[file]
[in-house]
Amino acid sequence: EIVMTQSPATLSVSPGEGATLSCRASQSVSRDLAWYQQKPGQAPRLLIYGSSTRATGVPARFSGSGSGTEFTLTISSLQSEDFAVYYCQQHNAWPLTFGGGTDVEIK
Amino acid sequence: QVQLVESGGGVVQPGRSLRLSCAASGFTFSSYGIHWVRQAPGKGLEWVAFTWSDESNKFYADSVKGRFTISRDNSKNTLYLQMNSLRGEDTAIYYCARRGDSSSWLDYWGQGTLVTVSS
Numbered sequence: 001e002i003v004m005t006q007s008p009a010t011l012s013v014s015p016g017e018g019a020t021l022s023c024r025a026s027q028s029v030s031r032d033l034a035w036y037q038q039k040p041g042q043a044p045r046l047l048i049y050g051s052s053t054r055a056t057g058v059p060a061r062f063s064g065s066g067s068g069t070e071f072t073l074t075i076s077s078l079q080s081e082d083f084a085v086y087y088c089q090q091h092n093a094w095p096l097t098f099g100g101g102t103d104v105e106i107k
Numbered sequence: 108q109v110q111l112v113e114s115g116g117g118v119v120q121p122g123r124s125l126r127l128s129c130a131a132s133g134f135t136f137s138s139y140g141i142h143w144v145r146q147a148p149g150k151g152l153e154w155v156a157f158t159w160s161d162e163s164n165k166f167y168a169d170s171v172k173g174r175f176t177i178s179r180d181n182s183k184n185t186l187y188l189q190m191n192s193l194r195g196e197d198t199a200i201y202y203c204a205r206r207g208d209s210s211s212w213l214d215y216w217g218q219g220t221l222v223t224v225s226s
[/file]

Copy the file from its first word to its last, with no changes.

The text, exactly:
[in-house]
Amino acid sequence: EIVMTQSPATLSVSPGEGATLSCRASQSVSRDLAWYQQKPGQAPRLLIYGSSTRATGVPARFSGSGSGTEFTLTISSLQSEDFAVYYCQQHNAWPLTFGGGTDVEIK
Amino acid sequence: QVQLVESGGGVVQPGRSLRLSCAASGFTFSSYGIHWVRQAPGKGLEWVAFTWSDESNKFYADSVKGRFTISRDNSKNTLYLQMNSLRGEDTAIYYCARRGDSSSWLDYWGQGTLVTVSS
Numbered sequence: 001e002i003v004m005t006q007s008p009a010t011l012s013v014s015p016g017e018g019a020t021l022s023c024r025a026s027q028s029v030s031r032d033l034a035w036y037q038q039k040p041g042q043a044p045r046l047l048i049y050g051s052s053t054r055a056t057g058v059p060a061r062f063s064g065s066g067s068g069t070e071f072t073l074t075i076s077s078l079q080s081e082d083f084a085v086y087y088c089q090q091h092n093a094w095p096l097t098f099g100g101g102t103d104v105e106i107k
Numbered sequence: 108q109v110q111l112v113e114s115g116g117g118v119v120q121p122g123r124s125l126r127l128s129c130a131a132s133g134f135t136f137s138s139y140g141i142h143w144v145r146q147a148p149g150k151g152l153e154w155v156a157f158t159w160s161d162e163s164n165k166f167y168a169d170s171v172k173g174r175f176t177i178s179r180d181n182s183k184n185t186l187y188l189q190m191n192s193l194r195g196e197d198t199a200i201y202y203c204a205r206r207g208d209s210s211s212w213l214d215y216w217g218q219g220t221l222v223t224v225s226s